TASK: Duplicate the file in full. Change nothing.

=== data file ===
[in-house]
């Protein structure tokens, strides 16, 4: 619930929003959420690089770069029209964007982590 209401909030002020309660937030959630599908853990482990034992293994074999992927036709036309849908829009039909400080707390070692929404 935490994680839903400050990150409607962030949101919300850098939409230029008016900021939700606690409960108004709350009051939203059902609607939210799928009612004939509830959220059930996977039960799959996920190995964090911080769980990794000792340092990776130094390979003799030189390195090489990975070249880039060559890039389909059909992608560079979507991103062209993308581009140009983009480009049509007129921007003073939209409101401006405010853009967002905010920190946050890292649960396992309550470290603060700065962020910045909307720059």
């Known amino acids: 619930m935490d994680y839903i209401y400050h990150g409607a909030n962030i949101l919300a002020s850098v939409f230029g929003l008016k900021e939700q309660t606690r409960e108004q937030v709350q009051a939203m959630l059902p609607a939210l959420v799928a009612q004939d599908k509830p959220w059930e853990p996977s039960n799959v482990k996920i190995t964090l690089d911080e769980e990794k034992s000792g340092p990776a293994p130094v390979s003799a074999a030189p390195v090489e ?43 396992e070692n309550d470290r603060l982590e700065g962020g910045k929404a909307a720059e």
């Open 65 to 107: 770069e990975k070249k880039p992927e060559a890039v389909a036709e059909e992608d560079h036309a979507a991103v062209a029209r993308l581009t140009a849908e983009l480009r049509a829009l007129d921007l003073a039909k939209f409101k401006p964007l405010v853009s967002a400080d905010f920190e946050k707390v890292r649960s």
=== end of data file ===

[in-house]
């Protein structure tokens, strides 16, 4: 619930929003959420690089770069029209964007982590 209401909030002020309660937030959630599908853990482990034992293994074999992927036709036309849908829009039909400080707390070692929404 935490994680839903400050990150409607962030949101919300850098939409230029008016900021939700606690409960108004709350009051939203059902609607939210799928009612004939509830959220059930996977039960799959996920190995964090911080769980990794000792340092990776130094390979003799030189390195090489990975070249880039060559890039389909059909992608560079979507991103062209993308581009140009983009480009049509007129921007003073939209409101401006405010853009967002905010920190946050890292649960396992309550470290603060700065962020910045909307720059």
């Known amino acids: 619930m935490d994680y839903i209401y400050h990150g409607a909030n962030i949101l919300a002020s850098v939409f230029g929003l008016k900021e939700q309660t606690r409960e108004q937030v709350q009051a939203m959630l059902p609607a939210l959420v799928a009612q004939d599908k509830p959220w059930e853990p996977s039960n799959v482990k996920i190995t964090l690089d911080e769980e990794k034992s000792g340092p990776a293994p130094v390979s003799a074999a030189p390195v090489e ?43 396992e070692n309550d470290r603060l982590e700065g962020g910045k929404a909307a720059e």
């Open 65 to 107: 770069e990975k070249k880039p992927e060559a890039v389909a036709e059909e992608d560079h036309a979507a991103v062209a029209r993308l581009t140009a849908e983009l480009r049509a829009l007129d921007l003073a039909k939209f409101k401006p964007l405010v853009s967002a400080d905010f920190e946050k707390v890292r649960s």